Information Technology Spending in United States Expected to Increase

IT is Principal Factor Behind Corporate Productivity Increases, But Executives Concerned Over Inadequate Return on IT Investments

NEW YORK; August 24, 2004 � The majority of business and information technology (IT) executives in the United States anticipate increases in IT expenditures over the next three years, according to results of a survey released today by Accenture.

The study, which queried more than 300 general business managers and IT executives of large U.S.-based companies, found that more than half (55 percent) of all respondents expect their organizations to increase their IT expenditures over the next three years, with only 10 percent expecting their organizations to decrease IT spending.

In addition, of the 84 percent of respondents who indicated that productivity at their companies had increased over the past several years, most identified IT-related factors as key to that increase. Specifically, more than four-fifths (83 percent) cited �better use of technology� and nearly two-thirds (65 percent) selected �the right amount of investment in technology.�

However, the survey identified several areas where the business managers were disappointed in the effectiveness and impact of IT. Most notably, nearly half (47 percent) of business managers and more than half (51 percent) of IT executives said their companies did not know how to make their technology organizations accountable for delivering real business value. In addition, more than half (52 percent) of the business managers said that IT is under-delivering relative to what their companies spend.

�Aligning IT strategies to business objectives is one of the most fundamental factors for deriving value from technology investments,� said Gary Curtis, managing partner of Accenture�s Strategic Information Technology Effectiveness (SITE) practice. �Unfortunately, achieving such alignment is one of the areas that many companies find most challenging.�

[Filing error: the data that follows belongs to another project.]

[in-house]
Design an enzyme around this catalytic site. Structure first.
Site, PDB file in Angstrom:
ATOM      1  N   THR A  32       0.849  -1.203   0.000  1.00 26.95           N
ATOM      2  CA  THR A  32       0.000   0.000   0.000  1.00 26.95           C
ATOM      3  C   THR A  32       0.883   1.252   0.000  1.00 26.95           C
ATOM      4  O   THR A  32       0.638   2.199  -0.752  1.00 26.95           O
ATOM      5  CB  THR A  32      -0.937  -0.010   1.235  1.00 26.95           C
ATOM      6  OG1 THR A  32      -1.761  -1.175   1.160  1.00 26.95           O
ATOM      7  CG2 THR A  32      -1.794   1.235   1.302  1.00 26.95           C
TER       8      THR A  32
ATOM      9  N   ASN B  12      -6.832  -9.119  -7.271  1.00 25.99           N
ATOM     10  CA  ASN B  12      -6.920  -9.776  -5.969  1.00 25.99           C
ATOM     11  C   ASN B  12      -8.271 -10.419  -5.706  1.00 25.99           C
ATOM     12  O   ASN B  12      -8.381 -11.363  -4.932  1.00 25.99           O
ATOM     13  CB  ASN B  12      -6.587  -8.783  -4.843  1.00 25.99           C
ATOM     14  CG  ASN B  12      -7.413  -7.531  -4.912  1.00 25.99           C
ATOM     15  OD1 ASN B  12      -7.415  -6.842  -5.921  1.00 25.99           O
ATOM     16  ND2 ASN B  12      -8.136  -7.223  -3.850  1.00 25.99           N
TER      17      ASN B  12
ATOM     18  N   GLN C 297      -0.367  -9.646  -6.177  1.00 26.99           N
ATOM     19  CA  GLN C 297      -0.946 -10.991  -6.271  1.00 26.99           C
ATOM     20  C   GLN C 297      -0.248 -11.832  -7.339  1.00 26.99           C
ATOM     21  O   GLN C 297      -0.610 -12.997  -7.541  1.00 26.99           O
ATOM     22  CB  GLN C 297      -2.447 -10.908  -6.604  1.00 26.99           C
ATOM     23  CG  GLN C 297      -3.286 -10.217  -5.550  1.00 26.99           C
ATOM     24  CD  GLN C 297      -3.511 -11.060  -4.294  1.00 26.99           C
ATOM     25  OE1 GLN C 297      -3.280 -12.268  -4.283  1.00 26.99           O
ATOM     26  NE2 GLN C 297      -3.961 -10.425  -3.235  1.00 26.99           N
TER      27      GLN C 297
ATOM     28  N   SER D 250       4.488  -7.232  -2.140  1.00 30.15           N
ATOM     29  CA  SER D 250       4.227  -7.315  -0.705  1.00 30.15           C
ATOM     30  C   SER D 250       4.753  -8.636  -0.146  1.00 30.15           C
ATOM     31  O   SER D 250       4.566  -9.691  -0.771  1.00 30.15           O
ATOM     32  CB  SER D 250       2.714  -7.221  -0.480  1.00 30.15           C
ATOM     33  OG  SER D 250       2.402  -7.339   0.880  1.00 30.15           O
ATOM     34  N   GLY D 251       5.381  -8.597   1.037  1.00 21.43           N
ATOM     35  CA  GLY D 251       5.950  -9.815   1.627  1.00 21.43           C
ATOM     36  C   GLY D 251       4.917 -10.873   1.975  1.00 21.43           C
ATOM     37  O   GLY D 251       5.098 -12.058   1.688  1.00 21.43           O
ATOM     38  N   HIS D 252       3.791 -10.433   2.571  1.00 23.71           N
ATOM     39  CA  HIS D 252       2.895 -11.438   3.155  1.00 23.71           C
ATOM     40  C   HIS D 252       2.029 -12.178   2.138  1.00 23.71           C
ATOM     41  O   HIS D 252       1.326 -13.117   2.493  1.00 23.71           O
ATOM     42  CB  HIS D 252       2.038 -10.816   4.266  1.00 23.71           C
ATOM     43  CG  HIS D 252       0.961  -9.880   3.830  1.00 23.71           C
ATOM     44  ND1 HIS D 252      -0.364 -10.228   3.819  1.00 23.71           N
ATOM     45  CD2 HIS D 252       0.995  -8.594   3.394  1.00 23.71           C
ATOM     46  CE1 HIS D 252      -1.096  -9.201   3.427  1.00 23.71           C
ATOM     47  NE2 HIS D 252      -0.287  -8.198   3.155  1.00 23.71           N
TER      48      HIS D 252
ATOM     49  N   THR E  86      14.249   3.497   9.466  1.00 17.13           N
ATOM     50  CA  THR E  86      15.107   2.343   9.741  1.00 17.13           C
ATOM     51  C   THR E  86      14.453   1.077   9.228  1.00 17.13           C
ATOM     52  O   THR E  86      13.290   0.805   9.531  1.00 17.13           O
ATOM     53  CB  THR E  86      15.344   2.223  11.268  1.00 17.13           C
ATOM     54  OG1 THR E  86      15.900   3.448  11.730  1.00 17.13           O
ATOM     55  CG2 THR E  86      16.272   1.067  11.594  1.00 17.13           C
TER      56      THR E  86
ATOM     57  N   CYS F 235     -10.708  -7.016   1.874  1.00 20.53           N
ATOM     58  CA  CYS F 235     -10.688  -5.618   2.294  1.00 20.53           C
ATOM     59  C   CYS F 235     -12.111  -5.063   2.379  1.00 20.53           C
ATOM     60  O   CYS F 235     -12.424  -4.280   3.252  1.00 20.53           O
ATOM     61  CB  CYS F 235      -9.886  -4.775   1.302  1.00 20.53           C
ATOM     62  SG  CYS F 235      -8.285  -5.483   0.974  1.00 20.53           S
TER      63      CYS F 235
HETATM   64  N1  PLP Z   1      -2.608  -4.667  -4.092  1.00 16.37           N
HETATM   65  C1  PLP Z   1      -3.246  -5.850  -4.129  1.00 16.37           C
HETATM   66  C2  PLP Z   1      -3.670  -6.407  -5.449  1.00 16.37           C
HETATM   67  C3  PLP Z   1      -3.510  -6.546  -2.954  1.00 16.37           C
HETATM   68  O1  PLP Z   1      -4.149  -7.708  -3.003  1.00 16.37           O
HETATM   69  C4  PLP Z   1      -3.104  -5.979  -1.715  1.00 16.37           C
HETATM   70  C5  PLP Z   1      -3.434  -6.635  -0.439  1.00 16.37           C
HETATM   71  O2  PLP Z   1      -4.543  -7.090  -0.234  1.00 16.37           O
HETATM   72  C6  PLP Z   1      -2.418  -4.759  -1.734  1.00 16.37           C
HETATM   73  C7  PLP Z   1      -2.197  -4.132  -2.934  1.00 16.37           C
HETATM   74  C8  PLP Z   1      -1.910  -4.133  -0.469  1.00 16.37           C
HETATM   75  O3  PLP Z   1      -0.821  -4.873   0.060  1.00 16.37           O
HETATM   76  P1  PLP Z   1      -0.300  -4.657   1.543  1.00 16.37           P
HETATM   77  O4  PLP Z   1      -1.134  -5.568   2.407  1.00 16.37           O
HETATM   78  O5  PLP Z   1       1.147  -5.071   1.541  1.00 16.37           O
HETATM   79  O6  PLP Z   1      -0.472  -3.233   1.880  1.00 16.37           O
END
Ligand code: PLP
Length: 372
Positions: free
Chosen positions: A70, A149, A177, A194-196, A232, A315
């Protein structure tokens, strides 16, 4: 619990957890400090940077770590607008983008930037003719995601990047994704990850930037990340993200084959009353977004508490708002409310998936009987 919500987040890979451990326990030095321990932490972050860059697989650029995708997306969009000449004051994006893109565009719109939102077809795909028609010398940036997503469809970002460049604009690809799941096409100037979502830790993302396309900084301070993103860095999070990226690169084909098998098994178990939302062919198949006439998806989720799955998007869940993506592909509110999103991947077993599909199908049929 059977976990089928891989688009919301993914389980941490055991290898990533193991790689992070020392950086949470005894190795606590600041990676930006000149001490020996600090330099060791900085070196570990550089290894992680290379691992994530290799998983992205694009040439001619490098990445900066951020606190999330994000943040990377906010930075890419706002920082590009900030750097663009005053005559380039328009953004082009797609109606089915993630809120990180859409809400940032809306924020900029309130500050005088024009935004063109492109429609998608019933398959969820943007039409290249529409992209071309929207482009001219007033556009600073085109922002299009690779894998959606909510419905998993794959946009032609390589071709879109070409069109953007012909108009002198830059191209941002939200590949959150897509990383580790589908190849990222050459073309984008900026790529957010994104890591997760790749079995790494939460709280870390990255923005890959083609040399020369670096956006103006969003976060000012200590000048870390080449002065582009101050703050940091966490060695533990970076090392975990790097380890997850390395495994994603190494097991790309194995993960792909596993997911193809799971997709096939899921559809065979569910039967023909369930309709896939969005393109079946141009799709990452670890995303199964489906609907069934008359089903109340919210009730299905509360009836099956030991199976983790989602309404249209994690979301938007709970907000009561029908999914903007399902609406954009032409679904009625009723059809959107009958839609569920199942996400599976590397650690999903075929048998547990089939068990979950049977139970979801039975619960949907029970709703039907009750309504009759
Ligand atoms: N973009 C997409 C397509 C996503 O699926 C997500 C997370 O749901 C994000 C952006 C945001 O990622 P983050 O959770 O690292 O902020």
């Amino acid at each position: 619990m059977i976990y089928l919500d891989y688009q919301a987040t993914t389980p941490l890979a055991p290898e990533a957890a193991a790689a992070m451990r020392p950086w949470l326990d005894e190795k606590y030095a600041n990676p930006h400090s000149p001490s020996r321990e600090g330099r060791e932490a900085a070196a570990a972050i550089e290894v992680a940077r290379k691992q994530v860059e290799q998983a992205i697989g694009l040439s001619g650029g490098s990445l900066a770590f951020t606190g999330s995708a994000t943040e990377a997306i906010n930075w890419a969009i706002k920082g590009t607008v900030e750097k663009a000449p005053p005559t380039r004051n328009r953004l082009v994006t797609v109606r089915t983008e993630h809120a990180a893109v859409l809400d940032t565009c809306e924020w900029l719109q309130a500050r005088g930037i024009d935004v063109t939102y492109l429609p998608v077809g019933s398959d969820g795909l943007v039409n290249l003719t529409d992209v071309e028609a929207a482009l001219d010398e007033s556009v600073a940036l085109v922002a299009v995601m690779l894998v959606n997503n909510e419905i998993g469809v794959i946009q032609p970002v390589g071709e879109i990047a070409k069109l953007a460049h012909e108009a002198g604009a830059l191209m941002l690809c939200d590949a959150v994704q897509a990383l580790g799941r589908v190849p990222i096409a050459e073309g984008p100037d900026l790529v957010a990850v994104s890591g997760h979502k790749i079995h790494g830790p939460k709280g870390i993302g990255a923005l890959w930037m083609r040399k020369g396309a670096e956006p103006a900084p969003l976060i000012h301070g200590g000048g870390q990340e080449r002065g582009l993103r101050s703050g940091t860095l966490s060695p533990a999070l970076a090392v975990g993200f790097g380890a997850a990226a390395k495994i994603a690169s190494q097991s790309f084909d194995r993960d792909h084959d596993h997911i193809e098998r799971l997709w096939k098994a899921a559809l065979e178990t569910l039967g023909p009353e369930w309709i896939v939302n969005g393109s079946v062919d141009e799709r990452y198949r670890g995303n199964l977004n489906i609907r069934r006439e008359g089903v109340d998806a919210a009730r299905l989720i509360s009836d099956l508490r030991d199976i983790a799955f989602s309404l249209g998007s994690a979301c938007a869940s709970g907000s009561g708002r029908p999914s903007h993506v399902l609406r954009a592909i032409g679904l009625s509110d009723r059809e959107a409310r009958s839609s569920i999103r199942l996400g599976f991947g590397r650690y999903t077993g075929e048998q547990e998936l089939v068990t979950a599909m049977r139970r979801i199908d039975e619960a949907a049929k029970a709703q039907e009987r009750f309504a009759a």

The survey also found that business managers and IT executives at companies where alignment between IT expenditures and overall company goals was viewed as strong were much more likely than their counterparts at companies where alignment was viewed as weak to:

  • believe that overall and IT-based productivity have increased in the past few years (89 percent at �strong� companies versus 68 percent at �weak� ones);

  • engage their business units in creating IT budgets (71 percent at �strong� companies versus 28 percent at �weak� ones); and

  • believe that their companies are making the proper level of IT investment (58 percent at �strong� companies versus 26 percent at �weak� ones).

�Information technology can have an enormous impact on how well and how quickly a company can achieve its business goals, but it can only do so if IT investments are in tune with corporate priorities,� Curtis said. �The companies that are most successful in achieving their goals engage top management in the key IT investment decisions and create a culture in which business and IT executives collaborate extensively.�

About the Study

The Accenture study was based on an online survey conducted in June and July 2004 by S. Radoff Associates on behalf of Accenture. A total of 302 executives were surveyed at U.S. companies with more than 5,000 employees and median annual revenue of $10 billion. Half of the respondents were IT executives whose titles included CIO, vice president or director. The other half of the respondents were business managers whose titles included senior manager, vice president, director, division/department head, executive vice president, and c-suite positions. Complete survey findings are available at

About Accenture

Accenture is a global management consulting, technology services and outsourcing company. Committed to delivering innovation, Accenture collaborates with its clients to help them become high-performance businesses and governments. With deep industry and business process expertise, broad global resources and a proven track record, Accenture can mobilize the right people, skills, and technologies to help clients improve their performance. With approximately 95,000 people in 48 countries, the company generated net revenues of US$11.8 billion for the fiscal year ended Aug. 31, 2003. Its home page is